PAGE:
The somewhat obliging and unimaginative concept of the biennial thus means that it only occasionally succeeds at producing the “anxiety” that DIS has expressly aimed for. The exhibition at Akademi der Künste sometimes requires an effort to decode the status of its different objects, which results in a disorienting but not very disturbing experience. Most unpleasant are Anna Uddenberg’s dolls presented in distorted poses, one of few sculptural elements in the biennial. Sometimes these are only bodily fragments, torsos secured to suitcases with nylon straps, and placed at different locations throughout the building in a manner that heightens the sensation of an environment without any specific qualities of its own. Probably the exhibition’s most congenial work is Uddenberg’s sculpture of a female mannequin, curled up on a stool and in the process of taking a close up image of her own behind using a selfie-stick.
The other parts of the exhibition take place at Kunstwerke, The Feuerle Collection and The European School of Management and Technology (ESMT), a private business school located in the building that used to host the National Council of the GDR. The two latter exhibitions have in common their relatively modest size, with three or four works each, and that they take the historical, political and cultural implications of the buildings themselves as points of departure. These are, as well, the most conventional exhibitions of the biennial in the sense that they have been exempted from conceptual juice bars, ad campaigns and music videos. At the same time, this is where the curators’ mimetic and site-specific logic is most consistently realized: the exhibit at The Feuerle Collection has been modelled on the way collections are typically presented while the works at ESMT have adapted exhibitional conventions borrowed from industrial trade fairs and commercial show rooms.
Indeed, ESMT in many ways offers a delirious experience of violent collisions between the artworks and the building’s monumental decorations depicting heroic workers, red flags, angels and trumpets. Simon Denny’s installation is actually placed in the room where GDR’s National Council would convene, and consists of presentations of different blockchain companies and their visions for a “truly free” global market. In the next room, Katja Novitskova’s silhouettes on plexiglass represent burning fires and bull horns that cast us back to the heathen symbolic worlds of prehistoric times. If this part of the biennial comes closest to portraying the present as stretched between its different possibilities, the opposite occurs at the The Feuerle Collection. In the dark rooms of a former telecommunication bunker, works relating to different means of transport have been installed around a video installation by the artist duo Korpys/Löffler, which consists of a camera traveling through the European Central Bank. If the exhibition at ESMT to a certain extent breaks with the paralyzing notion of the present as a self-reflective paradox by juxtaposing different past and future perspectives, then order is returned at The Feuerle Collection, where the very purpose seems to be to confirm contemporary art’s purely superficial, decorative function and qualities.
At Kunstwerke, too, the exhibition takes place in darkened rooms containing luminous screens, lightboxes and video installations. On the whole, this gives a somewhat claustrophobic impression, where works that could have disclosed alternative scenarios and less familiar narratives instead point back to themselves with introverted reveries and empty wishful thinking. Although Wu Tsang’s film about two lesbian lovers in China at the turn of the last century seems impelled by passion and a will to revolt, it ends up as a fairly predictable narrative about wretched love. Josh Kline’s digitally manipulated film, in which George Bush, Tony Blair, Donald Rumsfeld, et al. lament and regret their actions is funny, but does not reach beyond the momentary catharsis of the biennialas-entertainment. The same applies to Camille Henrot’s installation, consisting of the artist’s responses to emails seeking to enroll her into different charity projects and political campaigns. The work has comical effects, but caters to predictable notions of the self-absorbed lifestyle of the politically-committed middle class.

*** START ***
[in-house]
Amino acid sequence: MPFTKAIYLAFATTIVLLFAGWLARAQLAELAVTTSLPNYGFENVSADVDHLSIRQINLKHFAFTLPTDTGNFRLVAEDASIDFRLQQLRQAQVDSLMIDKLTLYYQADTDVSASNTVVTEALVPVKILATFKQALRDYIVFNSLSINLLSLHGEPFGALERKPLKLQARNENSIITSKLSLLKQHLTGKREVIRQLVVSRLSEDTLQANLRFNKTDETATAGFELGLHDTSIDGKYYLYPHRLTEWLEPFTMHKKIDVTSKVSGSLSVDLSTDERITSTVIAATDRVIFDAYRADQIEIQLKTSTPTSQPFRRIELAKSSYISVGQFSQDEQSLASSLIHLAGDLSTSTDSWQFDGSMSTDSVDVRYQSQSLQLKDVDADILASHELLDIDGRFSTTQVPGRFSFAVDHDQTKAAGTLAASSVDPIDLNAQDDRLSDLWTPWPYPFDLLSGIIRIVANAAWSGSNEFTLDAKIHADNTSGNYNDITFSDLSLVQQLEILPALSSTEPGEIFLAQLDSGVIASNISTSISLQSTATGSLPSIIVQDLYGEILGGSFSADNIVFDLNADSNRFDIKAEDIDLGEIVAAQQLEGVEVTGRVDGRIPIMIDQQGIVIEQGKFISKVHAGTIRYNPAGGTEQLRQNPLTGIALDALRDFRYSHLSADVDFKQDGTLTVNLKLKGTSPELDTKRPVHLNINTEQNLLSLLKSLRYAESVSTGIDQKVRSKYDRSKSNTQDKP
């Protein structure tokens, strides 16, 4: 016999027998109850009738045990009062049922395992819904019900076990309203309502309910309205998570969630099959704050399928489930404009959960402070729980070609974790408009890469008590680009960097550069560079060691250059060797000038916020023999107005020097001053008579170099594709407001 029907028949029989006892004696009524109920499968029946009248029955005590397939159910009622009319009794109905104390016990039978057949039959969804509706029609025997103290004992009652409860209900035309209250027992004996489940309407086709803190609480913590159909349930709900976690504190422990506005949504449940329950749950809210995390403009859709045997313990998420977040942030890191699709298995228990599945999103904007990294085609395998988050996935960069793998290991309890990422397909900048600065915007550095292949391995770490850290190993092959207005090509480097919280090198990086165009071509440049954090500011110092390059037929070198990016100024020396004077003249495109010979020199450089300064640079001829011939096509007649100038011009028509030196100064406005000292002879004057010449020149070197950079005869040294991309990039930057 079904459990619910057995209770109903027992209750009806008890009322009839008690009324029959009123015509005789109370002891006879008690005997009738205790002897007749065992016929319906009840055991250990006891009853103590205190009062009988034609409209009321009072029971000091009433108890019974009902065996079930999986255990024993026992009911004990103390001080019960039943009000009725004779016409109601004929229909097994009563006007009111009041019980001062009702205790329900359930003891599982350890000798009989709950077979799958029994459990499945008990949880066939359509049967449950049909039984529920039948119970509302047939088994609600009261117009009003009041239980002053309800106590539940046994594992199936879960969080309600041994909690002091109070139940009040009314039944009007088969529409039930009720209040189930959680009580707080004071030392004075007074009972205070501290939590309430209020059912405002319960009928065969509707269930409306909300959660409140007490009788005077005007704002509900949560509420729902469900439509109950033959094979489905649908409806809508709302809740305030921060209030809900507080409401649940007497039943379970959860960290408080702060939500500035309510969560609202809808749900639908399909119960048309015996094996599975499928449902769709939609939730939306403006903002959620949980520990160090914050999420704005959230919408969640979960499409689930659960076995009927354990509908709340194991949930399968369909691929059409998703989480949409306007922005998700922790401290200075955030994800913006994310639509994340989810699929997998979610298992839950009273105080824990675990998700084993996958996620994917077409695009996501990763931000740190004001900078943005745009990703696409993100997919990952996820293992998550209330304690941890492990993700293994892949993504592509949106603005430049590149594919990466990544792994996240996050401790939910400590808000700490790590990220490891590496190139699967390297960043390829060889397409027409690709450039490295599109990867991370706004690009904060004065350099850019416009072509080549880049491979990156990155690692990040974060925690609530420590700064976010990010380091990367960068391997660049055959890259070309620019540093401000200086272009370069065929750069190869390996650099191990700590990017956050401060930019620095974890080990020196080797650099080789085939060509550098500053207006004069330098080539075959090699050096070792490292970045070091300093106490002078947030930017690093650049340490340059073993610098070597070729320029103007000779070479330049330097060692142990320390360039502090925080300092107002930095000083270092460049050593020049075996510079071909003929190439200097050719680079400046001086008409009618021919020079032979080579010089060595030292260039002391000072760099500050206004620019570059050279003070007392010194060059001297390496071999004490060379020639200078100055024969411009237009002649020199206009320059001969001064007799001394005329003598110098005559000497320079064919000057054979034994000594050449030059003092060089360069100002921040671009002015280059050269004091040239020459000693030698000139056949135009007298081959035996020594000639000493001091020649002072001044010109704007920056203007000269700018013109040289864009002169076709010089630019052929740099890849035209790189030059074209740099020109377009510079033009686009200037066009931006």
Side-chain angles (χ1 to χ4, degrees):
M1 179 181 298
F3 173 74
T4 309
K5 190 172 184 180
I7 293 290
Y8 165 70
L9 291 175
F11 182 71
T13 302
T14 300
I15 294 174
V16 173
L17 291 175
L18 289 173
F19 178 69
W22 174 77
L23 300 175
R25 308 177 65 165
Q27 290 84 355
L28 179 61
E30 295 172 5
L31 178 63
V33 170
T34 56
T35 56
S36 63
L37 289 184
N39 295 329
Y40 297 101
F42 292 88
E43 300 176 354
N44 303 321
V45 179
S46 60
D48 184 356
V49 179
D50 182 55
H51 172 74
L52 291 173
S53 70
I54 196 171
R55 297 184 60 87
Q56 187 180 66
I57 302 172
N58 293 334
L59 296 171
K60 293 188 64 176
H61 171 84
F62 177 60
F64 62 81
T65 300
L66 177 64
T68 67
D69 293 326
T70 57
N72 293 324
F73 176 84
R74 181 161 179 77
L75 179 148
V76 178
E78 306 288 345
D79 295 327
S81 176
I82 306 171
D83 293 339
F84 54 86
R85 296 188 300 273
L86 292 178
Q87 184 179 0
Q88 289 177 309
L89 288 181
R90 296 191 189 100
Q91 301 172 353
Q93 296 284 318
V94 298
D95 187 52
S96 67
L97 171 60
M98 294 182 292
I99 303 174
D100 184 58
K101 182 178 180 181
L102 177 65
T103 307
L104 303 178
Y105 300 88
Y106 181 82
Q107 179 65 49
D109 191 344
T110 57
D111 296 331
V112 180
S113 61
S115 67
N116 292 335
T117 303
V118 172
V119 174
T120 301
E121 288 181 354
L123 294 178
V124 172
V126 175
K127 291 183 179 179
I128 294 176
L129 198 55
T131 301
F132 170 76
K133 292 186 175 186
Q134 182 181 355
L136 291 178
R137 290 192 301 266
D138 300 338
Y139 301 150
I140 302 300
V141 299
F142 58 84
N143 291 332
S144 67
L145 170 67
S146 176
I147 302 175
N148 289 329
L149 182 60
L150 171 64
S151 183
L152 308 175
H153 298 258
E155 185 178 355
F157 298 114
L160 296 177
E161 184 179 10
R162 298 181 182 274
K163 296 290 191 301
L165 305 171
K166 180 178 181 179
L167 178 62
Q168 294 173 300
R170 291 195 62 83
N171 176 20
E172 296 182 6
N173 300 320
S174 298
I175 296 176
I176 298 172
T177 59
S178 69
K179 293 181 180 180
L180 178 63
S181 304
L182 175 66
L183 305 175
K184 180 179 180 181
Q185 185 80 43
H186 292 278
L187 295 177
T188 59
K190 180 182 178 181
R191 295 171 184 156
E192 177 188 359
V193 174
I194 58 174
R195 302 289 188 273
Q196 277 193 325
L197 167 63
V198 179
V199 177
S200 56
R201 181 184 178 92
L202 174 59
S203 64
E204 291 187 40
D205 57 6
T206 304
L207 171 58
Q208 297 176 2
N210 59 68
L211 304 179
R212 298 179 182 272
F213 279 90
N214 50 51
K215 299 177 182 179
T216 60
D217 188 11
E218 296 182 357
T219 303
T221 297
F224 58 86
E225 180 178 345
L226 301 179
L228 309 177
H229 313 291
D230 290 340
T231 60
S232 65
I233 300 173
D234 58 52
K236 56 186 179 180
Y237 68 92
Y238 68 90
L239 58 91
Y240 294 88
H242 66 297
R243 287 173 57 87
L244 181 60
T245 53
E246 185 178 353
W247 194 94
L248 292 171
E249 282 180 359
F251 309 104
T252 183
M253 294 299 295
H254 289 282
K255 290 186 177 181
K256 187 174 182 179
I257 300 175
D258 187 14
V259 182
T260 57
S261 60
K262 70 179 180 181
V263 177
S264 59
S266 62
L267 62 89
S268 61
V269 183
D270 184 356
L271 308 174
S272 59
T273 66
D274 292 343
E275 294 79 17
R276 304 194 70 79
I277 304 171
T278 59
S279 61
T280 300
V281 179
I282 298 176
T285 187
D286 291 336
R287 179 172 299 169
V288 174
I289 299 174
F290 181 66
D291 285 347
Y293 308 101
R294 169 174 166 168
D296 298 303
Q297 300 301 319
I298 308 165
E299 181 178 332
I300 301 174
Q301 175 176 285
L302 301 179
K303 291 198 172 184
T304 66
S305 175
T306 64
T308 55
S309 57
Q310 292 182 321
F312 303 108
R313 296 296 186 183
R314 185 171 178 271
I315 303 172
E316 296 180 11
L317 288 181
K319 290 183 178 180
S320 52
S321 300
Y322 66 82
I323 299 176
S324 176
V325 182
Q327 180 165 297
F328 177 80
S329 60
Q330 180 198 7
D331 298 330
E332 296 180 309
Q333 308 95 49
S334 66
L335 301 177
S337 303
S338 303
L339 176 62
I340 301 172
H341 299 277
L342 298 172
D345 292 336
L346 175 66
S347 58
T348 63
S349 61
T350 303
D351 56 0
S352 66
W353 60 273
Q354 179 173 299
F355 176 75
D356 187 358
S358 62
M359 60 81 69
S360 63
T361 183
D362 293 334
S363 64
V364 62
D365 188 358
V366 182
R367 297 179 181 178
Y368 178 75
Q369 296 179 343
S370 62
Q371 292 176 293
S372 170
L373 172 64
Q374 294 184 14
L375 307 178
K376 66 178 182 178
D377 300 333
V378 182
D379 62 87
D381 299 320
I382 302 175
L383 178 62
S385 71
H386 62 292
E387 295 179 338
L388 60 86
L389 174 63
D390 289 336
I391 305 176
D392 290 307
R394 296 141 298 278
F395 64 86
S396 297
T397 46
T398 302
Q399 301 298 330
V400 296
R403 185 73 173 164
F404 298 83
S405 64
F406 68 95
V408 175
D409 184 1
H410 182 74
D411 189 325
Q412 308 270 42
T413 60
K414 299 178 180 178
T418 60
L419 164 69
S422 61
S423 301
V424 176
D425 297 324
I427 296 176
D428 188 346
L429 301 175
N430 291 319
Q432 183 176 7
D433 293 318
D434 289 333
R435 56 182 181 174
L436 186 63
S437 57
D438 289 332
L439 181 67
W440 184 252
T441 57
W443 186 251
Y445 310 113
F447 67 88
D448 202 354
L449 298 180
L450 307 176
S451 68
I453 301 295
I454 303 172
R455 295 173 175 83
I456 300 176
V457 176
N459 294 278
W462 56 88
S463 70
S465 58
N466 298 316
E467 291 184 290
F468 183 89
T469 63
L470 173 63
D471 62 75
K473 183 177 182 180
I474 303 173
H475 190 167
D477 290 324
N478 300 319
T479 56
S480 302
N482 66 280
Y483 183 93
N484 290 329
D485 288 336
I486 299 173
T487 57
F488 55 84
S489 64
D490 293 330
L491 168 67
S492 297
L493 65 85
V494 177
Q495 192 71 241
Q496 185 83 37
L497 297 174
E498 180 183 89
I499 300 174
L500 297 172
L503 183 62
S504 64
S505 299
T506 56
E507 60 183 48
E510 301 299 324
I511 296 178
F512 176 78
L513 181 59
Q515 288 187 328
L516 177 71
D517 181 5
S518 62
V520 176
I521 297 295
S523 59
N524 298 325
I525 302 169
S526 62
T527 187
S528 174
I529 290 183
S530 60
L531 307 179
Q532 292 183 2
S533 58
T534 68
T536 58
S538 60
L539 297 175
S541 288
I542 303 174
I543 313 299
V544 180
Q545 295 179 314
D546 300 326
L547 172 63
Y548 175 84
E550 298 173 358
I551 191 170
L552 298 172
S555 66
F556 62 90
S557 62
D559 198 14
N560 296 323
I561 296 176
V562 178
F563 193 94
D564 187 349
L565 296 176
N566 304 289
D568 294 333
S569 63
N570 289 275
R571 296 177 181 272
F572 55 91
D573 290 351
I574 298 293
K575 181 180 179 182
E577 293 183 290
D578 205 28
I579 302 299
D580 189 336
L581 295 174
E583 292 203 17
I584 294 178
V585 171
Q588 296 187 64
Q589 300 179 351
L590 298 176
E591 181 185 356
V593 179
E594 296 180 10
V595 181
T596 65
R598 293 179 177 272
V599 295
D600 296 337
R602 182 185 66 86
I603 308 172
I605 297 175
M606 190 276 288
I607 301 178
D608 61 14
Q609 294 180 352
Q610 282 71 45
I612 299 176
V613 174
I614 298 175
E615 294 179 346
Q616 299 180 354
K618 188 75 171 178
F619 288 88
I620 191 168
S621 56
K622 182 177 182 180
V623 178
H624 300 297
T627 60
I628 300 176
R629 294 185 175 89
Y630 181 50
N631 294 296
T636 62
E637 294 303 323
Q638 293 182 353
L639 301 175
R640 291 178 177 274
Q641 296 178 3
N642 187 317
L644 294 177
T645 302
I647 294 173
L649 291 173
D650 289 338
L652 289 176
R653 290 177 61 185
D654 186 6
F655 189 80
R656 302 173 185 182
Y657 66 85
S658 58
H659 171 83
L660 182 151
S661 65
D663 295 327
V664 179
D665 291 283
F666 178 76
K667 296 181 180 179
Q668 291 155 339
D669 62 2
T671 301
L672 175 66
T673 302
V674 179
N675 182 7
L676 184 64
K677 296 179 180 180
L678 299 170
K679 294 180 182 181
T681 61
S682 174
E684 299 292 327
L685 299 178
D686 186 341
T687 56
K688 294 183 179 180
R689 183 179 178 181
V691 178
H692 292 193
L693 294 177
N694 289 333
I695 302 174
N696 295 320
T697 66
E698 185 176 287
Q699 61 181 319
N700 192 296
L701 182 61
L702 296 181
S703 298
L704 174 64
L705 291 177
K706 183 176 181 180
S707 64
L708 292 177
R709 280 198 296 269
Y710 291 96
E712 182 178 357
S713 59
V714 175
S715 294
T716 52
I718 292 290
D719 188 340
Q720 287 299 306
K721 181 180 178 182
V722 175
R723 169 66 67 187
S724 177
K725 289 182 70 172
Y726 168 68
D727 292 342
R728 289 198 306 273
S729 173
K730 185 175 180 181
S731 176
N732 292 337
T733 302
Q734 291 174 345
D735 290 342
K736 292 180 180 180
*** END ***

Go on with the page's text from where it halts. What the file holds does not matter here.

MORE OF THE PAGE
In many ways, the biennial appears well executed according to its own premise, incorporating different cultural expressions of the present without constituting a radical break with the established conventions of contemporary art. The problem with this model is that it ignores the discourse on the ’contemporary’ as a complex historical and cultural horizon encompassing different temporalities of what in a wide sense is known as modernity. This becomes especially problematic considering the curators’ highly limited concept of culture and politics. If the internet implies the necessity of rethinking the relations between different art forms, between contemporary culture and politics, then there are certainly other, more dynamic possibilities available than the aesthetics and individualism of contemporary corporate culture. Has the corporate take-over of the internet through social media applications and smart networks made the idea of systemic critique and collective organizing impossible? This is obviously not the case. But it is in these terms that DIS’s concept must be problematized and thought through, beyond the formalism and self-absorbed political paralysis of the biennial.